That night Emsworth was not its usual quiet self. Throughout the night we were kept awake by the constant rumble of tracked vehicles passing through its streets. As we learned later, they were assembling along the coast at several points between Portsmouth and Newhaven in order to launch, on 19 August 1942, a major raid on the French coastal port of Dieppe. Operation Jubilee was the first Canadian Army engagement in the European theatre of the war, designed to test the Allies’ ability to launch amphibious assaults against Adolf Hitler’s “Fortress Europe.” The plan was to take Dieppe, hold a perimeter around the town, destroy the harbour facilities, and then withdraw by sea. The 2nd Canadian Infantry Division, led by Major-General J.H. Roberts, formed the bulk of the infantry assault force. As Roberts told his troops before the raid — “Don’t worry men, it’ll be a piece of cake,” — a comment that would haunt him for years afterwards. I believe that there is evidence of the involvement of French double agents who may have given the alert to the German occupiers.

The raid was a disaster. The raid was over by mid-day. In nine hours, 907 Canadian soldiers were killed, 2,460 were wounded, and 1,946 were taken prisoner. That’s more prisoners than the Canadian Army would lose in 11 months of fighting during the Northwest Europe campaign of 1944-1945. Fewer than half the Canadians who departed for Dieppe made it back to England. Perhaps the finest tribute to the men who fought and died at Dieppe is the official report on the battle in 1942 by the German army: “The enemy, almost entirely Canadian soldiers, fought — so far as he was able to fight at all —well and bravely”.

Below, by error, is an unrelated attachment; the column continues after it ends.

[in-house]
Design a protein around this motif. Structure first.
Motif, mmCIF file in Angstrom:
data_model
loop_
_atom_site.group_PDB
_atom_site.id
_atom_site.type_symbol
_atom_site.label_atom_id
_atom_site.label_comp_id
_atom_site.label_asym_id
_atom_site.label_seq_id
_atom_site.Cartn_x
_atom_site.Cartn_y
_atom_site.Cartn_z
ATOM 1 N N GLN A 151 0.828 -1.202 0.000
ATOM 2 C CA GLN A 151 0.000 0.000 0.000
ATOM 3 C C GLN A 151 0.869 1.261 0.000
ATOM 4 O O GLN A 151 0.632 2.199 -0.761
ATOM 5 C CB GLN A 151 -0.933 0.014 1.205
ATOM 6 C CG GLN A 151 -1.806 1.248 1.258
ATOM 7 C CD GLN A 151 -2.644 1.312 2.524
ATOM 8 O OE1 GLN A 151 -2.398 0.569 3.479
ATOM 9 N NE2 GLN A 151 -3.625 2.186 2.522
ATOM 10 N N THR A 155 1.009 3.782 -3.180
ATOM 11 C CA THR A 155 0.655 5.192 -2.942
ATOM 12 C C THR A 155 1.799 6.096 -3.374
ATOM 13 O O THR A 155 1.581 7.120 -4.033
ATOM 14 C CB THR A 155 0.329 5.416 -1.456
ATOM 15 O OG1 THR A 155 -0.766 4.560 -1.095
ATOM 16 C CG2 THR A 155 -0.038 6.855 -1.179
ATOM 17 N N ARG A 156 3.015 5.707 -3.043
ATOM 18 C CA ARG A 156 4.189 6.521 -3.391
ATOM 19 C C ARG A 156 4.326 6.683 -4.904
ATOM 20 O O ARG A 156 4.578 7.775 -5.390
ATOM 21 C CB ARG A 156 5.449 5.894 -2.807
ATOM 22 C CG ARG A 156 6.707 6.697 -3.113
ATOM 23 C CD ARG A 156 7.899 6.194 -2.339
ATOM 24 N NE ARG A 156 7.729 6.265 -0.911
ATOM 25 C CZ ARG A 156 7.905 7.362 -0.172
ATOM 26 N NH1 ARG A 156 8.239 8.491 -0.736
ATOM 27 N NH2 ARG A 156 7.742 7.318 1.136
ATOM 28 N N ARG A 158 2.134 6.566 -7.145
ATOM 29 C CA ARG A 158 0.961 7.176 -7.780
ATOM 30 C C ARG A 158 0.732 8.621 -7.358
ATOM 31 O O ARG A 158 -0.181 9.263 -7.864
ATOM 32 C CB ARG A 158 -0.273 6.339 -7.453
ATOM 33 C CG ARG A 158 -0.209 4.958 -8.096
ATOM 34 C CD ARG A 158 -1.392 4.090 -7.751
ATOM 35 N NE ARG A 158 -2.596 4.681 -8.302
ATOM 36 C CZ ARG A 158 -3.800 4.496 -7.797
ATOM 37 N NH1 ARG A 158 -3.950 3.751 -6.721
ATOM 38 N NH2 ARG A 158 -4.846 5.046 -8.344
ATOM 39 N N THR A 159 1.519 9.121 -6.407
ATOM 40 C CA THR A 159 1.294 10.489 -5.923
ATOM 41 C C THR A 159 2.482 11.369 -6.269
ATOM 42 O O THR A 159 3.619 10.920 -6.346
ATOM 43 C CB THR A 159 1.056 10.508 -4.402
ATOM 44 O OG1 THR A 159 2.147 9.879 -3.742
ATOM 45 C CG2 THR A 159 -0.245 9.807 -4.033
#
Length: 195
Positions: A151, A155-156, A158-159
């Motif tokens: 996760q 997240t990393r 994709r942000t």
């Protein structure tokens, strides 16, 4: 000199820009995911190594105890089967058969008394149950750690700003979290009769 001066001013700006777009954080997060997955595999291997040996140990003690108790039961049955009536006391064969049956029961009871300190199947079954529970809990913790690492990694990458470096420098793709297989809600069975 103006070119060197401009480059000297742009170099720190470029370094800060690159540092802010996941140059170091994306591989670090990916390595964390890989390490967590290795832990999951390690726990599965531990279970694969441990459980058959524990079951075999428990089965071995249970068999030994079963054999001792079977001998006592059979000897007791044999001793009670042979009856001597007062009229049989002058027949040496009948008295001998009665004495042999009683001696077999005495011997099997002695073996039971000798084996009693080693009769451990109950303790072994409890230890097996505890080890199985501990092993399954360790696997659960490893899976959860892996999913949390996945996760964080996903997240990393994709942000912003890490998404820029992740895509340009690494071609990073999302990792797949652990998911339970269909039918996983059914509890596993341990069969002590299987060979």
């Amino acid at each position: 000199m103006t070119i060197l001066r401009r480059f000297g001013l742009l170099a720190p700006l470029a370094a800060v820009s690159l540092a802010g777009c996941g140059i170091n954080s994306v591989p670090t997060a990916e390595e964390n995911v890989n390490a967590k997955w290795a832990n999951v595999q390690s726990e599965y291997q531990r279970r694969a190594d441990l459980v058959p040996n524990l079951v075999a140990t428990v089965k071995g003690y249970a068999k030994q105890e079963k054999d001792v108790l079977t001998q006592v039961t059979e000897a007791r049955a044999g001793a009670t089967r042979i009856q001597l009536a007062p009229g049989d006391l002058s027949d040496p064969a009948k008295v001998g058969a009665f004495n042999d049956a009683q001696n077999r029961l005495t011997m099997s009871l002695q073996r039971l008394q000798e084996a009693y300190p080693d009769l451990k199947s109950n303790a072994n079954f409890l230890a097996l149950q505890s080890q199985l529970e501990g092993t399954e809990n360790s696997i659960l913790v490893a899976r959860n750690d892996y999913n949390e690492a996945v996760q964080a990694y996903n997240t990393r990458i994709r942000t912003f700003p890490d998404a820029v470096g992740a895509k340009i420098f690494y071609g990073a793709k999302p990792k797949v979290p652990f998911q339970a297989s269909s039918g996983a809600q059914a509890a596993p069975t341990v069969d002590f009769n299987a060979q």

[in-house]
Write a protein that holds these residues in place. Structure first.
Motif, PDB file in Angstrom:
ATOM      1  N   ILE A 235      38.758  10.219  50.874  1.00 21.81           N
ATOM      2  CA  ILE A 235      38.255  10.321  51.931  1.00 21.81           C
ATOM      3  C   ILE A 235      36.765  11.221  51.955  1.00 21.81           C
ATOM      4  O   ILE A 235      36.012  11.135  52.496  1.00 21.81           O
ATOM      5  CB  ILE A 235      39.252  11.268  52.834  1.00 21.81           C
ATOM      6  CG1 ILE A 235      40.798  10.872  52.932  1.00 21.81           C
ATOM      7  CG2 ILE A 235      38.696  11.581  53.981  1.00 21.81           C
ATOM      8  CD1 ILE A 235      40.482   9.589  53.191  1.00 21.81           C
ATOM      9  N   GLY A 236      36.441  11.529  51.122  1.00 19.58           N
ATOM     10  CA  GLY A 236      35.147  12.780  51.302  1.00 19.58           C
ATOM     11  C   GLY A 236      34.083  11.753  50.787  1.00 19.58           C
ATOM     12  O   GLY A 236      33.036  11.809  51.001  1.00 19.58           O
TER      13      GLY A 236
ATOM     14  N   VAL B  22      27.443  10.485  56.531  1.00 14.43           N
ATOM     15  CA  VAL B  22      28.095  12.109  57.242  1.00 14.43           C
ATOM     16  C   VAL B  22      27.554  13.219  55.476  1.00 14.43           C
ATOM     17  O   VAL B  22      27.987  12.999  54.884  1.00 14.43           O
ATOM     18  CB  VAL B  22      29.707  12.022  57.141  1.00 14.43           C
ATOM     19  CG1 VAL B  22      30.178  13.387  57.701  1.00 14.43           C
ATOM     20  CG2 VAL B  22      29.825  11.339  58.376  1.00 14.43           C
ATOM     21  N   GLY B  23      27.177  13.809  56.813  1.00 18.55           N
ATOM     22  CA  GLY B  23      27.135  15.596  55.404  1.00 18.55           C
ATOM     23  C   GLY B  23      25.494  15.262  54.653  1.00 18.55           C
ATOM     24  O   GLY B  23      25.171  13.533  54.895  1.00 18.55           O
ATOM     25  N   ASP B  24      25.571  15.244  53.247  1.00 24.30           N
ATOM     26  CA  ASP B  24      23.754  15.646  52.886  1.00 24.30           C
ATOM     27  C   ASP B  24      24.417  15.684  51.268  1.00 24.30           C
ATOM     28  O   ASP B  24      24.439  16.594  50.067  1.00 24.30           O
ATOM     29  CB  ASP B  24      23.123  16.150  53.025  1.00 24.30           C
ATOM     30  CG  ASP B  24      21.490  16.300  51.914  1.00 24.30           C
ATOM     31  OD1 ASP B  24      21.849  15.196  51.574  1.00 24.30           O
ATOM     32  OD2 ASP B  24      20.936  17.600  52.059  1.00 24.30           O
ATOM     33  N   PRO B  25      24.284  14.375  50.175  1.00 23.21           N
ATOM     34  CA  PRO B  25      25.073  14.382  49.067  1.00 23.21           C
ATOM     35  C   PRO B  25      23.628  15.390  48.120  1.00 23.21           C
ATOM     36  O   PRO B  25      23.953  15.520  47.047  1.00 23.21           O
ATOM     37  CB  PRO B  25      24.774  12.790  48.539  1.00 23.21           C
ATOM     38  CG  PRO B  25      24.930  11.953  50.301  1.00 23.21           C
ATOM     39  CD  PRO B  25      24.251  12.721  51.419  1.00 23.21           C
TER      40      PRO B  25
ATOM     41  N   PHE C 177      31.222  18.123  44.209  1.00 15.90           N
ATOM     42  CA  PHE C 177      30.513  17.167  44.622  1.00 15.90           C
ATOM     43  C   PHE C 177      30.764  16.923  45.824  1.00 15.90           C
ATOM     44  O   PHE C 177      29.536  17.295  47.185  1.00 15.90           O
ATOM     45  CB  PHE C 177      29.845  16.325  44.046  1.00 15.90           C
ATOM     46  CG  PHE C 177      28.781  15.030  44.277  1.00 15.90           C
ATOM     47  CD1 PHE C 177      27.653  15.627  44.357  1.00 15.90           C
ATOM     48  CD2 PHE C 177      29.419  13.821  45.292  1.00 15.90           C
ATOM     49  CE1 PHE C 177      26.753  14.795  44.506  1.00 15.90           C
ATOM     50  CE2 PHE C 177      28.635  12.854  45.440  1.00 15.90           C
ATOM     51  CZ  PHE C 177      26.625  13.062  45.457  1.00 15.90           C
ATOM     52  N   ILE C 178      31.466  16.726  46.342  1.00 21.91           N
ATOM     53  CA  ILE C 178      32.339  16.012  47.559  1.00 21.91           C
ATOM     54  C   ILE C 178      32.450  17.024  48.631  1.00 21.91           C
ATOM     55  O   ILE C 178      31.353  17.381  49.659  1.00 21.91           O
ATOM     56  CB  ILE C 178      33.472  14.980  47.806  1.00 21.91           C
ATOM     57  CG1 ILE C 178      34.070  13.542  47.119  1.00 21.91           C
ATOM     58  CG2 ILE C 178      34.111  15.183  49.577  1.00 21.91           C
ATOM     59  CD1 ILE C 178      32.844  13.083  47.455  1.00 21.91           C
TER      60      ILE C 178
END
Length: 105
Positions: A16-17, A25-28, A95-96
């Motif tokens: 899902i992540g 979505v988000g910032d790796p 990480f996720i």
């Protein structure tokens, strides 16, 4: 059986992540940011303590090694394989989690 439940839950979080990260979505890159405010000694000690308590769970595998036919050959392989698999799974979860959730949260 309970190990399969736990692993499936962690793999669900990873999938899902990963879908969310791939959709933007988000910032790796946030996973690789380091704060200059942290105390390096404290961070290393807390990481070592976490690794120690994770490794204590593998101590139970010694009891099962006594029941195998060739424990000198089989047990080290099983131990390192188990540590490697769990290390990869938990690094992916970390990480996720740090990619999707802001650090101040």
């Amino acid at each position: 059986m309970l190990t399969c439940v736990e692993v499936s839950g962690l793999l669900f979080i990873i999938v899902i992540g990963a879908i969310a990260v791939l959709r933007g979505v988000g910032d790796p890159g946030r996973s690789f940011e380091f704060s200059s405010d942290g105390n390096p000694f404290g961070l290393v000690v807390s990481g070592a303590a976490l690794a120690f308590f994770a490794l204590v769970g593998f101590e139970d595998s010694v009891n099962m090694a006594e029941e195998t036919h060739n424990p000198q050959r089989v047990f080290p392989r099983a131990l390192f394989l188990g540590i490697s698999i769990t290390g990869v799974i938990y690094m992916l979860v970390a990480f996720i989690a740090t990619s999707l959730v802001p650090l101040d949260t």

As small children at the time, my sister and I were not unduly alarmed by our proximity to these events at Christmas 1940 nor in August 1942. Our parents protected us from the most frightening things and fears. I can only imagine what the Canadian heart of my father must have endured on that August day.

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Thoughts on Mothers’ Day

Thoughts on Mothers’ Day, and as we welcome into our family our beautiful, new-born, adopted twin grandchildren, Samuel and Thomas.

Some thirty-five years ago I attended a conference in Indianapolis on preaching. One of the featured speakers at that conference referred to The Towering Inferno, Earthquake, Airport, and to The Poseidon Adventure – epic disaster movies that were popular at the time – as indicators of the mood of a society that had lost hope and could see no bright future.

In recent days several commentators, including Mark Steyn and William Kirkpatrick, have drawn attention to the stark reality of what this has come to mean. As Mark Steyn has said: “The future belongs to those who show up for it”. The implications are sinister, as we witness the demographic collapse of Western civilization. As William Kirkpatrick says: “It’s not a good omen when the leader of your nation doesn’t have to worry about what sort of country his or her progeny will grow up in.” To quote Mark Steyn again: “ …, with the arrival of President Macron in the charmed circle, the leaders of Europe’s biggest economies and of all the European members of the G7 are childless: Germany’s Angela Merkel, Britain’s Theresa May, Italy’s Paolo Gentiloni …. Indeed of the six founding members of the European Union – France, Germany, Italy, Belgium, the Netherlands, Luxembourg – five are led by childless prime ministers.”

Now, lest we lull ourselves into careless sleep, we need to recognize that this is not merely a European problem. The Lord God says, “I have set before you life and death, blessing and curse; therefore choose life, that you and your descendants may live, loving the Lord your God … for that means life to you and length of days …” (Deuteronomy 30:19-20).

How can we possibly imagine that our society has chosen the better part, life and blessing, when it has acquiesced in, and promoted, the abortion – and let’s be clear that that means the murder, slaughter, dismemberment, the “Final Solution” – of some 60 million innocent, God-given children since the 1973 death-and-curse choice of Roe v. Wade.

And there is more. Our society has acquiesced in, and celebrated, the utter barrenness and the selfishness of the homosexual lifestyle.

But the eternal and luminous fact is that, in the words of William Ross Wallace, —